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Bush proposes summit to agree on cuts of greenhouse gas emissions
Critics say Bush wants to set unenforceable targets for curbing greenhouse gas.
WASHINGTON -- President Bush, under international pressure to take tough action against global warming, on Thursday called for a summit of the United States and other nations that spew the most greenhouse gases on the planet.
The goal: set a long-term global strategy for reducing emissions -- and counter allegations the United States is foot-dragging.
The White House said the president's proposal addresses "life after" the Kyoto Protocol expires in 2012, and he wants to bring India, China and other fast-growing countries to the negotiation table so they are part of the solution, not the problem.
"The United States takes this issue seriously," Bush said.
Critics disagree. They say Bush wants to set unenforceable targets for curbing greenhouse gas, not concrete limits on emissions. They contend he is ignoring other international efforts on climate change already underway, and is trying to avoid taking action until he leaves office.
David Doniger, climate policy director for the Natural Resources Defense Council, said Bush will have no credibility with the countries he wants to bring to the table unless he's committed to specific limits to cap the United States' own contributions to global warming.
"The president is warming up to throw his opening pitch while business, states and the rest of the world are already at the top of the ninth inning," Doniger said. "It is nothing less than embarrassing that three of the world's biggest oil companies are calling for tougher measures than the White House."
House Speaker Nancy Pelosi, just back from a climate change fact-finding trip to Greenland and European capitals, said getting nations to set voluntary emissions targets was not enough to reverse warming of the planet.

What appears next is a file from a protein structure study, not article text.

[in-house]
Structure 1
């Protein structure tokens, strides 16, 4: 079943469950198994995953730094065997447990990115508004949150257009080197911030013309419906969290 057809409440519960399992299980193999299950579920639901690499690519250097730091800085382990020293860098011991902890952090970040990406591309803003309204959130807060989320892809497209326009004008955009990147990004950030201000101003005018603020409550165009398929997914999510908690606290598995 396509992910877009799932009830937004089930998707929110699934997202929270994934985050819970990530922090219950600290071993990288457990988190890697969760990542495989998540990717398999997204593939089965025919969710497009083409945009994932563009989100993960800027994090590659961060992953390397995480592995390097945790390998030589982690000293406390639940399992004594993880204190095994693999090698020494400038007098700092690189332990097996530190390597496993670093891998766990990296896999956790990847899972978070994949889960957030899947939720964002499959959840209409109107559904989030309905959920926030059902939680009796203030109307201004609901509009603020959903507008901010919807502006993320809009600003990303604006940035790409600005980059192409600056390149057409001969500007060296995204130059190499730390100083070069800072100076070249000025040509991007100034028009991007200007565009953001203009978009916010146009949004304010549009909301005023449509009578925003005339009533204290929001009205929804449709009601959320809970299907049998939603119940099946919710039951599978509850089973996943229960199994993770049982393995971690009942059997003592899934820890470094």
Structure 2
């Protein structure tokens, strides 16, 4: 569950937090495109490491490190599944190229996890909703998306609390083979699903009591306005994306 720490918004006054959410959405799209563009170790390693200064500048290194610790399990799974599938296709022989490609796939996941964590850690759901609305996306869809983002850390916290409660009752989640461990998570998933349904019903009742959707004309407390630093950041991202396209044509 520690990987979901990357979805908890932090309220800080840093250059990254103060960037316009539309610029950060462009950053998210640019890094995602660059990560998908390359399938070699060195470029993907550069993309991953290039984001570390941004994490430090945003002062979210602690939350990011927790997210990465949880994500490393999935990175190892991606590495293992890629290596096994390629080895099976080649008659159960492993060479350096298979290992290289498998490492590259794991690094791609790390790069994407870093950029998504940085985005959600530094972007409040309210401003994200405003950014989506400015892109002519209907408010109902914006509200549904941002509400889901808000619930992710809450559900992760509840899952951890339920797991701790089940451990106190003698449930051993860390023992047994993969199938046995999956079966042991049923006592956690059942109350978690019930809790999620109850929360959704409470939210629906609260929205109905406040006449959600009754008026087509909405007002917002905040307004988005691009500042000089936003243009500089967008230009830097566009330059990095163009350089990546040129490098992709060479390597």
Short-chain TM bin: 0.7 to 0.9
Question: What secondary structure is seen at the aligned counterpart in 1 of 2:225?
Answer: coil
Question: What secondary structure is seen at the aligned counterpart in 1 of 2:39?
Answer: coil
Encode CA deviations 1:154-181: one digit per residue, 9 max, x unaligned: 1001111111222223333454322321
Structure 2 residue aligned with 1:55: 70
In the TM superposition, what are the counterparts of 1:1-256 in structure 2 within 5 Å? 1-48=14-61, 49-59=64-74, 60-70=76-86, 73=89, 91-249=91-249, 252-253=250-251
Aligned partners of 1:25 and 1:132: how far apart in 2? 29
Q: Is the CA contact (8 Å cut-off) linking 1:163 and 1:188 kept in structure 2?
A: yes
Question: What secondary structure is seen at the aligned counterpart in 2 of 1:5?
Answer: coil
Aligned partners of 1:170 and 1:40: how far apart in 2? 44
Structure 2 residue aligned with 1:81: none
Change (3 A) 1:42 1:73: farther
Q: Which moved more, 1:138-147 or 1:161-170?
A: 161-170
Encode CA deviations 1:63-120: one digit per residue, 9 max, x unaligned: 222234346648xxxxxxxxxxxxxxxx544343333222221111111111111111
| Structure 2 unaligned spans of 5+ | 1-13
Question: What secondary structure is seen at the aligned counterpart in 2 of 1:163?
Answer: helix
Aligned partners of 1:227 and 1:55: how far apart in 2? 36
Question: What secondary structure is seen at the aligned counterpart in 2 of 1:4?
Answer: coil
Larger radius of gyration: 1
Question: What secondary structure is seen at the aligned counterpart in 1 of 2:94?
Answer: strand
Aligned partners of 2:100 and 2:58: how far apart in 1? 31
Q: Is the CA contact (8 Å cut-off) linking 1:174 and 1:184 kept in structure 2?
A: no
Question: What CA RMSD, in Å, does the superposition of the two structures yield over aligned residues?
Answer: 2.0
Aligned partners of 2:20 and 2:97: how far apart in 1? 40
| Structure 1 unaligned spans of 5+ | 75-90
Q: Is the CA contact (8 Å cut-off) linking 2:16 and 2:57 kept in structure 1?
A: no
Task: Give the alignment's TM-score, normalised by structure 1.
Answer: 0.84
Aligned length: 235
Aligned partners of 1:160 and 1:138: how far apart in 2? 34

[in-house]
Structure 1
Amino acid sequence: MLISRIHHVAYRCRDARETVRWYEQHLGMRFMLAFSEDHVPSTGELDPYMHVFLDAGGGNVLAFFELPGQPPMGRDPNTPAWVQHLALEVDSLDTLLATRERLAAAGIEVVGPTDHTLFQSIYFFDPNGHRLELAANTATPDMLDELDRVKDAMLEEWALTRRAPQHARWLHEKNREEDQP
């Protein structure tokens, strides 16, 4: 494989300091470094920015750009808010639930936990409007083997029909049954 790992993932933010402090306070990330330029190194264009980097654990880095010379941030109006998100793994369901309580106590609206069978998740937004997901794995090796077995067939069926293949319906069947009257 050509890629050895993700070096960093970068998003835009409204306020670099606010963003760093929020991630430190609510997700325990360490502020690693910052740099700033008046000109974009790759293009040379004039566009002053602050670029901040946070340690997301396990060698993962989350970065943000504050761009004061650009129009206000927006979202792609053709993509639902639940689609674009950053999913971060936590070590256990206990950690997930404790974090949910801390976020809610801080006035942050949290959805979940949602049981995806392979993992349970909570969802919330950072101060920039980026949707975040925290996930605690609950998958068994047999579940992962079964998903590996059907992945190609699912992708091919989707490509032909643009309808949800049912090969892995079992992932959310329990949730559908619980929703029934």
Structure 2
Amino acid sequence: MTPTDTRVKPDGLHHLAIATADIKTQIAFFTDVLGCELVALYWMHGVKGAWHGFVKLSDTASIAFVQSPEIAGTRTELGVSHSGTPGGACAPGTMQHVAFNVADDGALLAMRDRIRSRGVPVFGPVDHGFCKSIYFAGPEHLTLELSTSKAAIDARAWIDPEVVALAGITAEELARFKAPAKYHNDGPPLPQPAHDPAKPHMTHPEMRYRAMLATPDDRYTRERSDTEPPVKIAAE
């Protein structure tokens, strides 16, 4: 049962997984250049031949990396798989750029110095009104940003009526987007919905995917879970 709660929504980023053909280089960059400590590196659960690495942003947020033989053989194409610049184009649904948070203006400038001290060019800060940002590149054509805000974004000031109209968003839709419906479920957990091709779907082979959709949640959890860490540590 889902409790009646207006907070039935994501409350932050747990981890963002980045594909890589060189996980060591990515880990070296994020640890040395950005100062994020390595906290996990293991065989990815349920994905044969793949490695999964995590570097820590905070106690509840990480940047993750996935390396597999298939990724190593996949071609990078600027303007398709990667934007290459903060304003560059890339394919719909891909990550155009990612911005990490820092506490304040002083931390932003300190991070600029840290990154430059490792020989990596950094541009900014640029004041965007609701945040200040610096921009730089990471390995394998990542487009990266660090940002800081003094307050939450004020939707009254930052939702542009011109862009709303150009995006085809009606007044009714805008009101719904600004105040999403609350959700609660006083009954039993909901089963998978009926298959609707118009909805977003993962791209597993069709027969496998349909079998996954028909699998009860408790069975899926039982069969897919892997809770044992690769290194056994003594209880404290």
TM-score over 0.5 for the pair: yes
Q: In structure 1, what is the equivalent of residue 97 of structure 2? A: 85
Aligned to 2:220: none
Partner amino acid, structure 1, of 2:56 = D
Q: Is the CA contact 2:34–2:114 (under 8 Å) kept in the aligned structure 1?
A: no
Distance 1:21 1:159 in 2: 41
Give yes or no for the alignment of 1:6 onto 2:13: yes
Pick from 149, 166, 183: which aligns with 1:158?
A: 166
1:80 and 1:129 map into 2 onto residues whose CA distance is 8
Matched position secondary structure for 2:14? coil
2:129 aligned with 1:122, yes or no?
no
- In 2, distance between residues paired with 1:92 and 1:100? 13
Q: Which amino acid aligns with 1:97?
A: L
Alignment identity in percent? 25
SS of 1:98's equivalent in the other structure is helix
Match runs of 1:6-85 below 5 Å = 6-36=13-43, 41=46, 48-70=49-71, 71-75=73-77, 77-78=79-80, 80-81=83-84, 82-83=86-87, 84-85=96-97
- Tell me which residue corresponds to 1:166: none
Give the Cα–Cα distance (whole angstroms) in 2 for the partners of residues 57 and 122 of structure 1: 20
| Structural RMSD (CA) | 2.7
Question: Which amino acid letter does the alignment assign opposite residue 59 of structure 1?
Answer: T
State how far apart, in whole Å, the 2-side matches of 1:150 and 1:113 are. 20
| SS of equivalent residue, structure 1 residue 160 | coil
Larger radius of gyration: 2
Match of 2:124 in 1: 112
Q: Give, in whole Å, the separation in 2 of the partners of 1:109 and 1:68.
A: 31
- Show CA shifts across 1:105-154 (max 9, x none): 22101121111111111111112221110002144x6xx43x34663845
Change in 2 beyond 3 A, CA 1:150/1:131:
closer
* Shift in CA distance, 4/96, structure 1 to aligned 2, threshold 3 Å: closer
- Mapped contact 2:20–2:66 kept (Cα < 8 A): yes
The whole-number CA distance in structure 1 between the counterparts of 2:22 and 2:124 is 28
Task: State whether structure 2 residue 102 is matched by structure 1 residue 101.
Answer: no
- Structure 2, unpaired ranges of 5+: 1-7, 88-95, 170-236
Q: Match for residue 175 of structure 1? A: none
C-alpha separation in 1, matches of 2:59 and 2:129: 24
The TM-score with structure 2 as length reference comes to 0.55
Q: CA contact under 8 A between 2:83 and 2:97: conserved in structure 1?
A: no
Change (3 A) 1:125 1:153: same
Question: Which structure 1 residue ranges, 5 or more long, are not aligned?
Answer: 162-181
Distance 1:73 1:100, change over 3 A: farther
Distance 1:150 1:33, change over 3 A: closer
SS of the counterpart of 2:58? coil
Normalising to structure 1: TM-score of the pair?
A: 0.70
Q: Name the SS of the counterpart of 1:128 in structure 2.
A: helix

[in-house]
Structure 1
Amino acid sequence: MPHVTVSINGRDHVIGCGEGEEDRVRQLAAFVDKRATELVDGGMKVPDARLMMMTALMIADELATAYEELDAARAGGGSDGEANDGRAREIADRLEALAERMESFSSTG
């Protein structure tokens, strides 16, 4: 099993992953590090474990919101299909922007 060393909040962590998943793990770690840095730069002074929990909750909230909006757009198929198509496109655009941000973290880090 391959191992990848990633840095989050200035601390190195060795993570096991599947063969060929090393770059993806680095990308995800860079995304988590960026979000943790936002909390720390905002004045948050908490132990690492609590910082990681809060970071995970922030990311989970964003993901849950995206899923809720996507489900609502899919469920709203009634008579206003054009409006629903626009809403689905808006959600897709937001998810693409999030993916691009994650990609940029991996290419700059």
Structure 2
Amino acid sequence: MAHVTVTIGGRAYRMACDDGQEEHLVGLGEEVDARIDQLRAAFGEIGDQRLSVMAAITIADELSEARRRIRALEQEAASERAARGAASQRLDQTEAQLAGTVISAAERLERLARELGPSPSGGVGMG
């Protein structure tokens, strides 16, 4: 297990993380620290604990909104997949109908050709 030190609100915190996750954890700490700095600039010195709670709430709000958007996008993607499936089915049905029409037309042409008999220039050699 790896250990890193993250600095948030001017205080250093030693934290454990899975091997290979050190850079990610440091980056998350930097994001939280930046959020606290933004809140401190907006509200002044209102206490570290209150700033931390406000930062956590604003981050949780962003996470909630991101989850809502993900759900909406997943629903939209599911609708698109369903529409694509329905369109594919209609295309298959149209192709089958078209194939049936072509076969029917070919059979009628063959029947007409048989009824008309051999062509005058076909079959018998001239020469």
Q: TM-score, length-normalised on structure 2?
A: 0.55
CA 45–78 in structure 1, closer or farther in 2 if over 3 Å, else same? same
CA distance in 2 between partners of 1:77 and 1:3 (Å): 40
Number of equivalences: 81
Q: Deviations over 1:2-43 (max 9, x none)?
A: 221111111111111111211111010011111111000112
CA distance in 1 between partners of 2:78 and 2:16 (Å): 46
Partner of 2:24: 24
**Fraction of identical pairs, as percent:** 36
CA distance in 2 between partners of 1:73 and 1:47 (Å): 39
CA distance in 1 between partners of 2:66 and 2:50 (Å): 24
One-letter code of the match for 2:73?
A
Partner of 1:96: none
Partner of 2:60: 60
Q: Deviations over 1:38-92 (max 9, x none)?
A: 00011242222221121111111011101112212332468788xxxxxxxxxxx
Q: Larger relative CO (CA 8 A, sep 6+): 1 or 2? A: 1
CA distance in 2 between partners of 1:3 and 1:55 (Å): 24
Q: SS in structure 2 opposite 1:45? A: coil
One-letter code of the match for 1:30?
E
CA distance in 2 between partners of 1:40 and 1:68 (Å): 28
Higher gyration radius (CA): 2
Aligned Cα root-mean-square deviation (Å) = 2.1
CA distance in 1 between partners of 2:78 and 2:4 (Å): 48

"Today's announcement fails to respond to the severity of the crisis that most of the rest of the world has long since recognized," she said.
The president outlined his proposal in a speech just days before he attends a summit in Germany of leading industrialized nations. Global warming is a major topic on the agenda and Bush will be on the spot.
"The new initiative I'm outlining today will contribute to the important dialogue that will take place in Germany next week," he said.
The administration is resisting parts of a climate change initiative being pushed by the host of the G-8 meeting, German Chancellor Angela Merkel. She backs a plan that would limit the average global temperature increase to 3.6 degrees. Experts say that would require -- by 2050 -- a global reduction in emissions of 50 percent below 1990 levels.
Despite U.S. opposition to her plan, Merkel welcomed Bush's idea, saying it provided "common ground" for getting a new international agreement on global warming. Outgoing British Prime Minister Tony Blair, traveling in South Africa, said Bush's announcement shows that the United States is accepting global warming as a "real problem" and is prepared to be part of a global deal on reduction of emissions.
Bush is proposing that the United States and about a dozen other nations hold a series of meetings to set long-term goals by the end of next year for reducing greenhouse gases. The final list of nations has not yet been decided, but other participants would likely include India, China, Brazil, Russia, Canada, Japan, Australia, South Korea and the European Union.
He envisions that each country will set goals on how they want to improve energy security, reduce air pollution and cut greenhouse gases in the next 10 to 20 years. Leaders from power generation, alternative fuels and transportation industries would form working groups to share clean-energy technology.
"We will create a strong and transparent system for measuring each country's performance," Bush said. "The way to meet this challenge of energy and global climate change is through technology, and the United States is in the lead."
Separately, the Bush-appointed head of the U.S. space program said Thursday that he was not sure global warming was a problem and that it was "a rather arrogant position" to say the world's climate should not change.
"I am not sure that it is fair to say that is a problem we must wrestle with," NASA Administrator Michael Griffin said on National Public Radio.
While the United States signed a 1992 global agreement on climate talks, it refused to ratify the 1997 Kyoto Protocol limiting emissions. Bush argued that Kyoto would harm the U.S. economy, unfairly excluded fast-growing nations like India and China and said nothing about cutting emissions after the treaty expires in 2012.
The White House argues that Bush's proposal does not ignore, but complements ongoing multinational efforts to address the problem.
More than 1,000 diplomats have begun working on a new accord to succeed Kyoto. The ideas will be put before a larger meeting of the U.N. Framework Convention on Climate Change in December in Bali, Indonesia, when U.N. officials hope to launch formal talks on a post-Kyoto treaty.
In a voluntary program called the Asia-Pacific Partnership, Bush also is working with Australia, China, India, Japan and South Korea -- producers of half the world's greenhouse gases -- to attract private money for cleaner energy technologies.